Existing initiatives in cybersecurity picked out as shining example of cooperation with commercial sector
The government will create a new head of resilience role to oversee departments’ emergency planning work and improve cross-government working, as part of a new strategy announced by the Cabinet Office.
The strategy, published shortly before Christmas, has been created to help ensure government is better equipped for what is “an increasingly volatile world, defined by… rapid technological change”. The document sets out a range of objectives, including increasing access to expert technological advice and enabling departments to invest in emerging technologies to help address cyberthreats.
The newly appointed head of resilience, meanwhile, will guide best practice, encourage adherence to standards, and set guidance, with the aim of improving transparency and accountability, the Cabinet Office said.
Lead government departments will continue to take responsibility for individual national security risk assessments, with the head of resilience providing leadership for this system.
The government said it will clarify roles and responsibilities across government for each area of risk, but has only set itself a target of 2025 to do this. This review will aim to avoid a repeat of the Covid pandemic, where “treating [it] as a health emergency meant that there was limited planning outside of the healthcare sector”, the framework states.
The head of resilience will complement the existing role of the National Security Advisor. Devolved administrations will retain control over resilience, with the new head of resilience working with them in partnership.
To strengthen accountability, the government has committed to delivering an annual statement to parliament on civil contingencies risk and the UK government’s performance on resilience.
The Cabinet Office said the strategy will make resilience a national endeavour for the first time in what it dubbed a “whole of society” approach.
This is intended to complement existing plans to address specific areas of risk, such as the National Cyber Strategy and the Integrated Review of defence.
“Resilience has long been part of the UK’s approach to national security, but in an increasingly integrated world in which we cannot predict or prevent all of the challenges ahead, we need to refresh our approach – that’s why we are making resilience a national endeavour, so that as a country we are prepared for the next crisis, whatever it may be,” Cabinet Office minister Oliver Dowden said.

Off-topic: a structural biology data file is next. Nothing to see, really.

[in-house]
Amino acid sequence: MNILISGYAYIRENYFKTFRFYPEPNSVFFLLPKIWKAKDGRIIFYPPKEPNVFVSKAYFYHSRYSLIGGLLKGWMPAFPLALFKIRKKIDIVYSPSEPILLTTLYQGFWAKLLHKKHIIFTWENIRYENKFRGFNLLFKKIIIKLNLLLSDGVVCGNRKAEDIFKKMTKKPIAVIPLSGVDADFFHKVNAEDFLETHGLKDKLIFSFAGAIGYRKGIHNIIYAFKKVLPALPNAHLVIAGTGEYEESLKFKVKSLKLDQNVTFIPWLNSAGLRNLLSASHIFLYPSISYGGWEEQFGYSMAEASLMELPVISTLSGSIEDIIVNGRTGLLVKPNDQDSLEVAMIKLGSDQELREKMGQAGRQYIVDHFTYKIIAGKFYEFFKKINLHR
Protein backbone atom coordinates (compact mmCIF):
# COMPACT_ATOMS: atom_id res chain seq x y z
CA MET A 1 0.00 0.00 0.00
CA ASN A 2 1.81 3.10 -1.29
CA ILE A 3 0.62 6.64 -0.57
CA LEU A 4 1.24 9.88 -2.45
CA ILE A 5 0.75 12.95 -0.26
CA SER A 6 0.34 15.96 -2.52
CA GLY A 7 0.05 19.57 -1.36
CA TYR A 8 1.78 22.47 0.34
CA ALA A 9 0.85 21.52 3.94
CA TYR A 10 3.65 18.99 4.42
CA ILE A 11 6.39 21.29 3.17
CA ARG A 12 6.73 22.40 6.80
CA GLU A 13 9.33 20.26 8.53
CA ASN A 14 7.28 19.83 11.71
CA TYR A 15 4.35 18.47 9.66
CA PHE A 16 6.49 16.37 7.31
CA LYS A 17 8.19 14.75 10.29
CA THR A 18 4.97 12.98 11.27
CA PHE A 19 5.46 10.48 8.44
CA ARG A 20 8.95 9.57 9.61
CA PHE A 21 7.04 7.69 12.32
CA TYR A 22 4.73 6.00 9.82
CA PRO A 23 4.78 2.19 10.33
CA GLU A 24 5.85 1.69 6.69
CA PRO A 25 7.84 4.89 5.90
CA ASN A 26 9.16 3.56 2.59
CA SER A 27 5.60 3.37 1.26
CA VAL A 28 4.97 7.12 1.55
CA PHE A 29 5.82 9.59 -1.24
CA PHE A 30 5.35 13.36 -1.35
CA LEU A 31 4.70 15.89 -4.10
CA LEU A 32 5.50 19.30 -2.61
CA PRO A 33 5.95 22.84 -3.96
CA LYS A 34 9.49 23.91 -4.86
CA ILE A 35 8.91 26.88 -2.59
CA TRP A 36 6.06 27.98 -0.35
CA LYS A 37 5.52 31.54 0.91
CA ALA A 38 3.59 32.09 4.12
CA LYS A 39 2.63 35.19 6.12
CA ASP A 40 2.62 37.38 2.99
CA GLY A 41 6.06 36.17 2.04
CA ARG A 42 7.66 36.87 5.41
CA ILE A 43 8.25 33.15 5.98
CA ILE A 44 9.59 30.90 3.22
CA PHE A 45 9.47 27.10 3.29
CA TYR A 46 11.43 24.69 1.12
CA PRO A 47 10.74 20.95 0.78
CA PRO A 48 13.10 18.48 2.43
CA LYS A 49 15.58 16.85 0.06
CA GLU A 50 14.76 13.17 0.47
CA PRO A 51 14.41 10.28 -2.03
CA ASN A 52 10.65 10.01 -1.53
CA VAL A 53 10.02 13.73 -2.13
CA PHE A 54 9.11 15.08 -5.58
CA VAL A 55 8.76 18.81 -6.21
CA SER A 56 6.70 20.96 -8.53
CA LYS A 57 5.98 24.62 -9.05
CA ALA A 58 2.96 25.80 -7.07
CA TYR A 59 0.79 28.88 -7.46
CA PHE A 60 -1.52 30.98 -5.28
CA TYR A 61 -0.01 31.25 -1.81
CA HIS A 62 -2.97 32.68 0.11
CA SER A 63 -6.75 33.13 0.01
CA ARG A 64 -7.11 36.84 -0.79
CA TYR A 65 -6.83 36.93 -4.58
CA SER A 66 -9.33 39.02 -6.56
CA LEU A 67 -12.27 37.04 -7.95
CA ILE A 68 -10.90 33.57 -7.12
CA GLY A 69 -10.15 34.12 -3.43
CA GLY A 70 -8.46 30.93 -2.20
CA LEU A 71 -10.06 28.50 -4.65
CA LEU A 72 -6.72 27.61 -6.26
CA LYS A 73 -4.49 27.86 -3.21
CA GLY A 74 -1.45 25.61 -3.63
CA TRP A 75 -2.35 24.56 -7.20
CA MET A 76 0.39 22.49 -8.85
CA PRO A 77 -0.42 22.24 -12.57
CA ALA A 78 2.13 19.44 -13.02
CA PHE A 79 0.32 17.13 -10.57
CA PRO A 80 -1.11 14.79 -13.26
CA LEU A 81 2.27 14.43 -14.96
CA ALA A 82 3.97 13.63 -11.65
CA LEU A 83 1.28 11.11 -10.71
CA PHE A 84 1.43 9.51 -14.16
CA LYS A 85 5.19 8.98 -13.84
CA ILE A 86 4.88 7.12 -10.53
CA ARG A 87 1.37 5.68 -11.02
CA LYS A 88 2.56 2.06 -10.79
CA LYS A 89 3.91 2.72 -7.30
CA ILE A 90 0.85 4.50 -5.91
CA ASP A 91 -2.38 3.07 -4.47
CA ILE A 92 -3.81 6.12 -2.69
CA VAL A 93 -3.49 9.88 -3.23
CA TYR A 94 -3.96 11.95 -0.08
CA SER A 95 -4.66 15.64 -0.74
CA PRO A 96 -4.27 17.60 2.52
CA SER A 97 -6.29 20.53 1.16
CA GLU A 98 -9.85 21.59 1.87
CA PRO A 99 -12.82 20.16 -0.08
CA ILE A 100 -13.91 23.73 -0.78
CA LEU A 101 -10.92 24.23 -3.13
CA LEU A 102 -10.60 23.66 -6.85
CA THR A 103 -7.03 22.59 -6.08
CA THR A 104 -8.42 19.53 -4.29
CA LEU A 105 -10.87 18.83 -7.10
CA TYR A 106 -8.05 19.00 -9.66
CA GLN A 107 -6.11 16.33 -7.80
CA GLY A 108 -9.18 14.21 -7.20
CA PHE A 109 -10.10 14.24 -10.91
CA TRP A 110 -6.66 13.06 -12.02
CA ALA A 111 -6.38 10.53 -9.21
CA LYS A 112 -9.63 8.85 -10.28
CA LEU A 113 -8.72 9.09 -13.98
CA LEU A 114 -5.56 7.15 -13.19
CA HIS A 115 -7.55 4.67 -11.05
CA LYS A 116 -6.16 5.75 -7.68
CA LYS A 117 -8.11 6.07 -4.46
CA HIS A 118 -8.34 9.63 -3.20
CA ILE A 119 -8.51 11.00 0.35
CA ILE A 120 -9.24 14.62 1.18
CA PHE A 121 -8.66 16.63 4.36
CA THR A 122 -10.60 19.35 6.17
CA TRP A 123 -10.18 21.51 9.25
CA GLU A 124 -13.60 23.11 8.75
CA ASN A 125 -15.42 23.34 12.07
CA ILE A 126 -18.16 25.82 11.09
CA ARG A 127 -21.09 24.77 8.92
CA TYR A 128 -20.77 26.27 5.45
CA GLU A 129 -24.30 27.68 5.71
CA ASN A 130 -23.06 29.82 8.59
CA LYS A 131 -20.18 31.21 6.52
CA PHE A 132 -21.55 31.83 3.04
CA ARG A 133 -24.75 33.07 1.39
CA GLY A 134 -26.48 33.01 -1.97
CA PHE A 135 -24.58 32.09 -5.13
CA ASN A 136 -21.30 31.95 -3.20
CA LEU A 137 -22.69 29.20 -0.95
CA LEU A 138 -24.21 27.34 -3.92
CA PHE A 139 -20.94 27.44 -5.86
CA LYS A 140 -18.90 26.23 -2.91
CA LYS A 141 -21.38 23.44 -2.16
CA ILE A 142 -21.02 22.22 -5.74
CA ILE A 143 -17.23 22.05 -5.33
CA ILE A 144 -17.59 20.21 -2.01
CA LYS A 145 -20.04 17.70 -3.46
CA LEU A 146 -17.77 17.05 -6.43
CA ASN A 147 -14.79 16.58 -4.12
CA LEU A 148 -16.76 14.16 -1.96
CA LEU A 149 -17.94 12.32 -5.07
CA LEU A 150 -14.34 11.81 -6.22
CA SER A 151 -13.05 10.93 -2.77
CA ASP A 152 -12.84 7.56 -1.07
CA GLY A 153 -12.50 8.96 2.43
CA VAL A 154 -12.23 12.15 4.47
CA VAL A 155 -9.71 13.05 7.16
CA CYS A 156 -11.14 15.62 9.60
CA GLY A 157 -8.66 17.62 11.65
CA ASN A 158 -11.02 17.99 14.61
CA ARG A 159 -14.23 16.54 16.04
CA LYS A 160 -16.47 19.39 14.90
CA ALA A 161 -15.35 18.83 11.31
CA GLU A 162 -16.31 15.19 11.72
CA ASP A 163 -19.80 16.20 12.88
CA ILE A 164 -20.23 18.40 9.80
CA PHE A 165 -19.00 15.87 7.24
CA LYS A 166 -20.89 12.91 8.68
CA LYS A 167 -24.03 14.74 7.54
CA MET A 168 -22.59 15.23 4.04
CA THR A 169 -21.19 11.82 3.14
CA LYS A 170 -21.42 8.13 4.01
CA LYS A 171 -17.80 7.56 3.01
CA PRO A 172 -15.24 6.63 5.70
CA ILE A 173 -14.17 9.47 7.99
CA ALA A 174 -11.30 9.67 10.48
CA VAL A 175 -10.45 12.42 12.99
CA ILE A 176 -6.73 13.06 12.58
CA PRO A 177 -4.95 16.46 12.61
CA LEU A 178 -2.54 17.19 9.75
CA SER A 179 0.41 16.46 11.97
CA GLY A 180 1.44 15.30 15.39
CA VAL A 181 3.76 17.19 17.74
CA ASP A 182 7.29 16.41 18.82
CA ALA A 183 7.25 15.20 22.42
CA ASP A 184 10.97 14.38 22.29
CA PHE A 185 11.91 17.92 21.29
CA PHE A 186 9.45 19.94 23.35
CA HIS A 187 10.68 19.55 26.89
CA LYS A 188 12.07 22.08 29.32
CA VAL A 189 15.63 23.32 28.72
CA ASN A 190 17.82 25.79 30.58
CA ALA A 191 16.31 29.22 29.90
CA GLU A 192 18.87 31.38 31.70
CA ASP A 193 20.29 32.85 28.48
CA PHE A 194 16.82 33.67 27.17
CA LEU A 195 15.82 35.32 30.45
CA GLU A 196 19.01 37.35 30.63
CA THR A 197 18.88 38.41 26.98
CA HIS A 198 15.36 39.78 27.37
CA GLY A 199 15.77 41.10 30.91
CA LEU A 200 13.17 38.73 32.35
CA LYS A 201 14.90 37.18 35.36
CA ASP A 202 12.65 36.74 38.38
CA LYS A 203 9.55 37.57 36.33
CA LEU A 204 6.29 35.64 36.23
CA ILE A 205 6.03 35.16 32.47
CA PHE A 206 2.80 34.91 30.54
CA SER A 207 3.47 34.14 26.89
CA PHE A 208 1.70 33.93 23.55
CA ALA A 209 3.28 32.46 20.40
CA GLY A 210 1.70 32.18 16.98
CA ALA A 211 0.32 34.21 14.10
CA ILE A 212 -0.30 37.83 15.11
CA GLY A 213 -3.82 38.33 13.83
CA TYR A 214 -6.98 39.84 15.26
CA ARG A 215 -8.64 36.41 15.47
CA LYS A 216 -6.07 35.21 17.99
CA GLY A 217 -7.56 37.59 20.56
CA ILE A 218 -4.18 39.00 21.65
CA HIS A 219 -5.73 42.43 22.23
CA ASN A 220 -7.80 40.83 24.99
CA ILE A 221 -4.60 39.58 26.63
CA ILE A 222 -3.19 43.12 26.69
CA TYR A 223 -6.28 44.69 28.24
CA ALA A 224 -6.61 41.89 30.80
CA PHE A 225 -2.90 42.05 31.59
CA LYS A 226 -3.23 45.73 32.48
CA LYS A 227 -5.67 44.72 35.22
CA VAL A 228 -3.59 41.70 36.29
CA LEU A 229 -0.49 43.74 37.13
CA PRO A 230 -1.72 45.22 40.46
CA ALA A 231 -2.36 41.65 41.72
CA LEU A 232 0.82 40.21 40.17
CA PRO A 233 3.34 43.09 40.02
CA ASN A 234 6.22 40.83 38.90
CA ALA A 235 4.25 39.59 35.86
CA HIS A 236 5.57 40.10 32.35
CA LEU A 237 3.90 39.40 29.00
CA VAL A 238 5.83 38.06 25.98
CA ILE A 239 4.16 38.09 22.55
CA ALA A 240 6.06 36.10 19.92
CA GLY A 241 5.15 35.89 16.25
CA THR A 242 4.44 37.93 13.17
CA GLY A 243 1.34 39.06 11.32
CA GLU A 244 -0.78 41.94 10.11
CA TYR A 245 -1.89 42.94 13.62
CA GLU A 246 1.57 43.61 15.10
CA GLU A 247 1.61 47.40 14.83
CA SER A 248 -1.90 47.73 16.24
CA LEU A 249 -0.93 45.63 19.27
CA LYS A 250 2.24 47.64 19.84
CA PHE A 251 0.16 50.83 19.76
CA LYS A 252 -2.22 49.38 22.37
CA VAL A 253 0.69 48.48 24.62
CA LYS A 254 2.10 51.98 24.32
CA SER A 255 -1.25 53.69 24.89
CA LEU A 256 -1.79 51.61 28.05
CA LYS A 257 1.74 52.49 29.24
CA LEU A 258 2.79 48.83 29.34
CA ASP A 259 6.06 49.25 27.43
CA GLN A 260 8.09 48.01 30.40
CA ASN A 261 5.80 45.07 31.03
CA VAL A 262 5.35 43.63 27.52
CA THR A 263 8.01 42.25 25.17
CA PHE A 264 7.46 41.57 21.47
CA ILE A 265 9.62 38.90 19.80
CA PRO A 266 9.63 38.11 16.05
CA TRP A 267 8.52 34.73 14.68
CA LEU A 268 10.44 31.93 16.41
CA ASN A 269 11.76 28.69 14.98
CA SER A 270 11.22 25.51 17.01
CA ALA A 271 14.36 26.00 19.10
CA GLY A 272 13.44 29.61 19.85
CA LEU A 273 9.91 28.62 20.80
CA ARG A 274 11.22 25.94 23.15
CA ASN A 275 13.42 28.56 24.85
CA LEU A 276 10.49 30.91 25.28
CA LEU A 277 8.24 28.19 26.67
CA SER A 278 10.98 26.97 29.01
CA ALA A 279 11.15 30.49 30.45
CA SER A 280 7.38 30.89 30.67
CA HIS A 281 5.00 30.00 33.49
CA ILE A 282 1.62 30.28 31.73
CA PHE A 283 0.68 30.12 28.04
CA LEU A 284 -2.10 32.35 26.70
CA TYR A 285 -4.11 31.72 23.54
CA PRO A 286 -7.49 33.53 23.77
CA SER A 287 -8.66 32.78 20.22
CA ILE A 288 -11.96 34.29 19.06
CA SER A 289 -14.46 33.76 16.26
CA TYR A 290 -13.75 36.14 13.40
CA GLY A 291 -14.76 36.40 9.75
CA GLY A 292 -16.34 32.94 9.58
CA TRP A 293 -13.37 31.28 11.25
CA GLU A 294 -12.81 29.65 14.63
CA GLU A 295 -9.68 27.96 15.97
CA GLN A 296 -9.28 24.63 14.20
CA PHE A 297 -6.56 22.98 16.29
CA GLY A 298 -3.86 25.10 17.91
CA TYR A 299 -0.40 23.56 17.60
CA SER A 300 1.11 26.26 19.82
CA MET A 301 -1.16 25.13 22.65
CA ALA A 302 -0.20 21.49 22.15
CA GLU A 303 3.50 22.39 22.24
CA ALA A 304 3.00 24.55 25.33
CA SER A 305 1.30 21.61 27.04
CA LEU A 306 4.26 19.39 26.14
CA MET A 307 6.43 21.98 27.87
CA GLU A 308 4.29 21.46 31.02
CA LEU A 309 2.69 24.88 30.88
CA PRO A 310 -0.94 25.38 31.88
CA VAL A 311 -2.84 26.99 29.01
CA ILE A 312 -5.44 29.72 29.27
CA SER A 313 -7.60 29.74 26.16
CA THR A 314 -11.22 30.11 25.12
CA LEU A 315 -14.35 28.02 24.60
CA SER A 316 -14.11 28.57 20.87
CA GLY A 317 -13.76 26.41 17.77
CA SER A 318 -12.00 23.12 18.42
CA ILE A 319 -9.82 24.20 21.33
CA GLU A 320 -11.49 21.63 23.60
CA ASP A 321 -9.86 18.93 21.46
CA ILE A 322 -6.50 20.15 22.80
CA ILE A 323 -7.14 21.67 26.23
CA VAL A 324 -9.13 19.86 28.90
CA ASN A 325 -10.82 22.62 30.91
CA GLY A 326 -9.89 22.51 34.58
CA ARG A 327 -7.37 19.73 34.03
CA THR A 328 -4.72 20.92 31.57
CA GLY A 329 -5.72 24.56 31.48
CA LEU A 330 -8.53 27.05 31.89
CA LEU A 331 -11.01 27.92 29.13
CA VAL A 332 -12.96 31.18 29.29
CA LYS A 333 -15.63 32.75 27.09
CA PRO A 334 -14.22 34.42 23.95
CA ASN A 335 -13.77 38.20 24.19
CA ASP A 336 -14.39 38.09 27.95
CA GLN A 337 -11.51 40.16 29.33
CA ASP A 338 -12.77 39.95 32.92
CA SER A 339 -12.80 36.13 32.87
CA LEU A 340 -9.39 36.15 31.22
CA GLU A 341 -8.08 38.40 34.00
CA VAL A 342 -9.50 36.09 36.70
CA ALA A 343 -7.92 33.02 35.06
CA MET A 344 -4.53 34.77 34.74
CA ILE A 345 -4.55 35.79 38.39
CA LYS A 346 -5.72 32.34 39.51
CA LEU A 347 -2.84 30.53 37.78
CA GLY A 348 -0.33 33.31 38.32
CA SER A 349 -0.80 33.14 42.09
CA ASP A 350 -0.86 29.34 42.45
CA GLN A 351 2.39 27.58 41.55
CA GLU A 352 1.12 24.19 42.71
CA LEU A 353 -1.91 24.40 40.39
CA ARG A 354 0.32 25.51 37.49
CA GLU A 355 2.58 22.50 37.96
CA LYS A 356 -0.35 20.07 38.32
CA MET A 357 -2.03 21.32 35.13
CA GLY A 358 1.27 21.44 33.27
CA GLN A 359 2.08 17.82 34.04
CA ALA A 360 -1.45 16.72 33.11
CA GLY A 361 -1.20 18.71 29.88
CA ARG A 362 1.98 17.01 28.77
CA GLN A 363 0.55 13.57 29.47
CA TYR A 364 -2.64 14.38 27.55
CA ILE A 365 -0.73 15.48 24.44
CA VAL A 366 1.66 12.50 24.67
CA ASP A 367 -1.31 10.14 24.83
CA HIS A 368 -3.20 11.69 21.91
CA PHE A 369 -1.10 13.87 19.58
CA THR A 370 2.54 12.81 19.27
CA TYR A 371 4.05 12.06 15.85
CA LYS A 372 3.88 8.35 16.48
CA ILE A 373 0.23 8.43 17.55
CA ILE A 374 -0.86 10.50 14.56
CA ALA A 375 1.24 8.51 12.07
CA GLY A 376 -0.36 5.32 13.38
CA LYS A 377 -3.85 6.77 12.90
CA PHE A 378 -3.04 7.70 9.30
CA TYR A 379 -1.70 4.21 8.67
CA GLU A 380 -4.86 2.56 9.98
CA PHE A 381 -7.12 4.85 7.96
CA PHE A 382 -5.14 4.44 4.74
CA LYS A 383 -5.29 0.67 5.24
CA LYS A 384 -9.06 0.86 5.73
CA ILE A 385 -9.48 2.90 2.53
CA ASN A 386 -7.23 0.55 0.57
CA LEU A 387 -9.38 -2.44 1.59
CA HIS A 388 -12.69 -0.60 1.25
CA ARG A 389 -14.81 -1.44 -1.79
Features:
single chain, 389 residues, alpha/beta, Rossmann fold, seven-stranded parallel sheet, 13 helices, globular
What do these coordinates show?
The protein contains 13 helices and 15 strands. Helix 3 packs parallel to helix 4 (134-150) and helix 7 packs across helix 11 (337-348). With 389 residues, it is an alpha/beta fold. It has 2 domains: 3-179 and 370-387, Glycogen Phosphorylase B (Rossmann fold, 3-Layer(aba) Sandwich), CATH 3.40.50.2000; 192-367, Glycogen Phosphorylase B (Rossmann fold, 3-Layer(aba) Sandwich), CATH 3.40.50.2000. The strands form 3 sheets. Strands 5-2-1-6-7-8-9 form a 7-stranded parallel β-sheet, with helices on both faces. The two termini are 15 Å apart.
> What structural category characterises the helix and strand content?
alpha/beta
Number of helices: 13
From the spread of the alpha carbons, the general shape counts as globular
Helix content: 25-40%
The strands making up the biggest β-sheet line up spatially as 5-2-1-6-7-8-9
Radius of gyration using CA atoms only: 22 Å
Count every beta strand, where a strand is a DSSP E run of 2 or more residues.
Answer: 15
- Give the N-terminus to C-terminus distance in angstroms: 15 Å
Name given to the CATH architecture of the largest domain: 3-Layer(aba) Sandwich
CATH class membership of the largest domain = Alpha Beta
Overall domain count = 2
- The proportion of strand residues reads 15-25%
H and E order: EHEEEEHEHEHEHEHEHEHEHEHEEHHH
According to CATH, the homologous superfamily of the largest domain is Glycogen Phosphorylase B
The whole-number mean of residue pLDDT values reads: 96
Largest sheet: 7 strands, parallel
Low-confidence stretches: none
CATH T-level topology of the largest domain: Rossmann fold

The strategy picked out the Cyber Essentials certification scheme run by the National Cyber Security Centre as “an excellent example of the partnership between the UK government and the private sector on risk”.
“Certification provides reassurance for both current and potential customers and enables organisations to better understand their current cyber security status,” it said. “For instance, certification is a requirement for UK government contracts involving the handling of sensitive and personal information. In providing certification, the Cyber Essentials programme also acts as a benchmark for wider good cyber security practice within organisations. We look for further opportunities to build on this type of good practice.
Other measures contained in the plan includes:
- Growing the government’s advisory groups made up of experts, academics and industry experts to inform risk planning and provide external challenge
- Creating a new sub-committee of the National Security Council to specifically consider issues relating to resilience
- Creating a UK Resilience Academy, built out from the Emergency Planning College, to make world class professional training available to all that need it
- Strengthening Local Resilience Forums in England by working across three key pillars of reform – leadership, accountability, and integration of resilience into the UK’s levelling up mission